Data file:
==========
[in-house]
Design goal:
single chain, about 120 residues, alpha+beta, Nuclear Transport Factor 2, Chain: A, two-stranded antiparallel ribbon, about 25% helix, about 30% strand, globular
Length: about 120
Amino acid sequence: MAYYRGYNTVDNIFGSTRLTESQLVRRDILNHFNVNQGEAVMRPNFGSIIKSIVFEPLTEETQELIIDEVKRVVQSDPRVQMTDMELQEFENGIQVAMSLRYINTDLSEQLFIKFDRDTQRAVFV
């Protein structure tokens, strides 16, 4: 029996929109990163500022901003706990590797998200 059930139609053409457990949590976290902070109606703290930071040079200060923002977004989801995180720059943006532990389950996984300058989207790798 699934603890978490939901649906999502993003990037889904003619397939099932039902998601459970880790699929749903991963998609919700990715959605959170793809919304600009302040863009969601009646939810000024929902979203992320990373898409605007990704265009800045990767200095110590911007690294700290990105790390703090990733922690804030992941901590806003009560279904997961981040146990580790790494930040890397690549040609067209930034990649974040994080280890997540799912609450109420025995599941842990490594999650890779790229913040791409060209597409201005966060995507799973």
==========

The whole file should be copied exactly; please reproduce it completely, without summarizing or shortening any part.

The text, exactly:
[in-house]
Design goal:
single chain, about 120 residues, alpha+beta, Nuclear Transport Factor 2, Chain: A, two-stranded antiparallel ribbon, about 25% helix, about 30% strand, globular
Length: about 120
Amino acid sequence: MAYYRGYNTVDNIFGSTRLTESQLVRRDILNHFNVNQGEAVMRPNFGSIIKSIVFEPLTEETQELIIDEVKRVVQSDPRVQMTDMELQEFENGIQVAMSLRYINTDLSEQLFIKFDRDTQRAVFV
């Protein structure tokens, strides 16, 4: 029996929109990163500022901003706990590797998200 059930139609053409457990949590976290902070109606703290930071040079200060923002977004989801995180720059943006532990389950996984300058989207790798 699934603890978490939901649906999502993003990037889904003619397939099932039902998601459970880790699929749903991963998609919700990715959605959170793809919304600009302040863009969601009646939810000024929902979203992320990373898409605007990704265009800045990767200095110590911007690294700290990105790390703090990733922690804030992941901590806003009560279904997961981040146990580790790494930040890397690549040609067209930034990649974040994080280890997540799912609450109420025995599941842990490594999650890779790229913040791409060209597409201005966060995507799973």